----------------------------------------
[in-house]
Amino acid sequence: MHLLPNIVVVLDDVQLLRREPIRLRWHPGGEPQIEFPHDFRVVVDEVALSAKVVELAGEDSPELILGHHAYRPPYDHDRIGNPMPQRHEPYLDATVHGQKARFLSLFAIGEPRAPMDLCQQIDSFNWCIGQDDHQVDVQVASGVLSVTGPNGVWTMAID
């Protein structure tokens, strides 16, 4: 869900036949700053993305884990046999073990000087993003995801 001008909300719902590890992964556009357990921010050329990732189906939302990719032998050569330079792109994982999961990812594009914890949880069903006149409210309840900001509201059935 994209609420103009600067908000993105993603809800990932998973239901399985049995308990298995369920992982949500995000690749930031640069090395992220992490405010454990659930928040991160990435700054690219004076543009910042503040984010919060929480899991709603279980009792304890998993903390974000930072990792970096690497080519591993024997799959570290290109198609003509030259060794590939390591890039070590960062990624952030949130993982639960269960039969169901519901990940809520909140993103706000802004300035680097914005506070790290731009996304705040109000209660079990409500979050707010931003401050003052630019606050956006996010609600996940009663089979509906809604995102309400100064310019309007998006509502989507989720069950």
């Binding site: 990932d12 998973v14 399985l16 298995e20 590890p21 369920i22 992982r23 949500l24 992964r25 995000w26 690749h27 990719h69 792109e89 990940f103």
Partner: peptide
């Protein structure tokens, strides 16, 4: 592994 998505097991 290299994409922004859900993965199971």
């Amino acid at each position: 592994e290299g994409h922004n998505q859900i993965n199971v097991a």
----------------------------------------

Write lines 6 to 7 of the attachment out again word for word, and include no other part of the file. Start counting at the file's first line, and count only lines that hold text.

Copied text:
């Protein structure tokens, strides 16, 4: 592994 998505097991 290299994409922004859900993965199971």
């Amino acid at each position: 592994e290299g994409h922004n998505q859900i993965n199971v097991a």